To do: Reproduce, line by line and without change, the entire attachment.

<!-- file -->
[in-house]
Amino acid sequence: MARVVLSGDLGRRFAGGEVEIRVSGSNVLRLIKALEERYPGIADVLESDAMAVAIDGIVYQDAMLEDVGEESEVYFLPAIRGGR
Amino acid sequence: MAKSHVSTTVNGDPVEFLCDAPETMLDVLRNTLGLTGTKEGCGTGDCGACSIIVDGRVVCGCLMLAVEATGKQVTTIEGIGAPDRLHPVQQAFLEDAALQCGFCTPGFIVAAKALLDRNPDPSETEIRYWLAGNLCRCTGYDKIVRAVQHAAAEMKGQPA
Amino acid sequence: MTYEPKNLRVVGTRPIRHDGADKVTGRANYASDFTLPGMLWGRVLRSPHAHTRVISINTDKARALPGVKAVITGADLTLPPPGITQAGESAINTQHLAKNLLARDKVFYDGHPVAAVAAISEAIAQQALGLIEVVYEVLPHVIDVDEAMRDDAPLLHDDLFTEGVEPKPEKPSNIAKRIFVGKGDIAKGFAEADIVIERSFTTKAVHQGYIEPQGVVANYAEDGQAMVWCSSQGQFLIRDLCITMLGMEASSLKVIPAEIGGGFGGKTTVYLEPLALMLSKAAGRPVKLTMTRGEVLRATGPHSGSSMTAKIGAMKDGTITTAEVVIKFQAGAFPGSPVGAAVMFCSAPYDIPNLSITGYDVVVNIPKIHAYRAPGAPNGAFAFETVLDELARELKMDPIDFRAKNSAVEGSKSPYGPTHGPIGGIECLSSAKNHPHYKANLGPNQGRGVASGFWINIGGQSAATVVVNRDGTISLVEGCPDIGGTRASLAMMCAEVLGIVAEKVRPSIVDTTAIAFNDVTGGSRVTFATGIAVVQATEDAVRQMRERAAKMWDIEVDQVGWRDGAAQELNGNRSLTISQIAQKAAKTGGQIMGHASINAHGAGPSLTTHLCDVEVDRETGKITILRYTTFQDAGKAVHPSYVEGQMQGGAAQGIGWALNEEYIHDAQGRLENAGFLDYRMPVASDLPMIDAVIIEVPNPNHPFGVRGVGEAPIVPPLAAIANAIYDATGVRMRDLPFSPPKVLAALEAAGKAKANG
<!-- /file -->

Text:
[in-house]
Amino acid sequence: MARVVLSGDLGRRFAGGEVEIRVSGSNVLRLIKALEERYPGIADVLESDAMAVAIDGIVYQDAMLEDVGEESEVYFLPAIRGGR
Amino acid sequence: MAKSHVSTTVNGDPVEFLCDAPETMLDVLRNTLGLTGTKEGCGTGDCGACSIIVDGRVVCGCLMLAVEATGKQVTTIEGIGAPDRLHPVQQAFLEDAALQCGFCTPGFIVAAKALLDRNPDPSETEIRYWLAGNLCRCTGYDKIVRAVQHAAAEMKGQPA
Amino acid sequence: MTYEPKNLRVVGTRPIRHDGADKVTGRANYASDFTLPGMLWGRVLRSPHAHTRVISINTDKARALPGVKAVITGADLTLPPPGITQAGESAINTQHLAKNLLARDKVFYDGHPVAAVAAISEAIAQQALGLIEVVYEVLPHVIDVDEAMRDDAPLLHDDLFTEGVEPKPEKPSNIAKRIFVGKGDIAKGFAEADIVIERSFTTKAVHQGYIEPQGVVANYAEDGQAMVWCSSQGQFLIRDLCITMLGMEASSLKVIPAEIGGGFGGKTTVYLEPLALMLSKAAGRPVKLTMTRGEVLRATGPHSGSSMTAKIGAMKDGTITTAEVVIKFQAGAFPGSPVGAAVMFCSAPYDIPNLSITGYDVVVNIPKIHAYRAPGAPNGAFAFETVLDELARELKMDPIDFRAKNSAVEGSKSPYGPTHGPIGGIECLSSAKNHPHYKANLGPNQGRGVASGFWINIGGQSAATVVVNRDGTISLVEGCPDIGGTRASLAMMCAEVLGIVAEKVRPSIVDTTAIAFNDVTGGSRVTFATGIAVVQATEDAVRQMRERAAKMWDIEVDQVGWRDGAAQELNGNRSLTISQIAQKAAKTGGQIMGHASINAHGAGPSLTTHLCDVEVDRETGKITILRYTTFQDAGKAVHPSYVEGQMQGGAAQGIGWALNEEYIHDAQGRLENAGFLDYRMPVASDLPMIDAVIIEVPNPNHPFGVRGVGEAPIVPPLAAIANAIYDATGVRMRDLPFSPPKVLAALEAAGKAKANG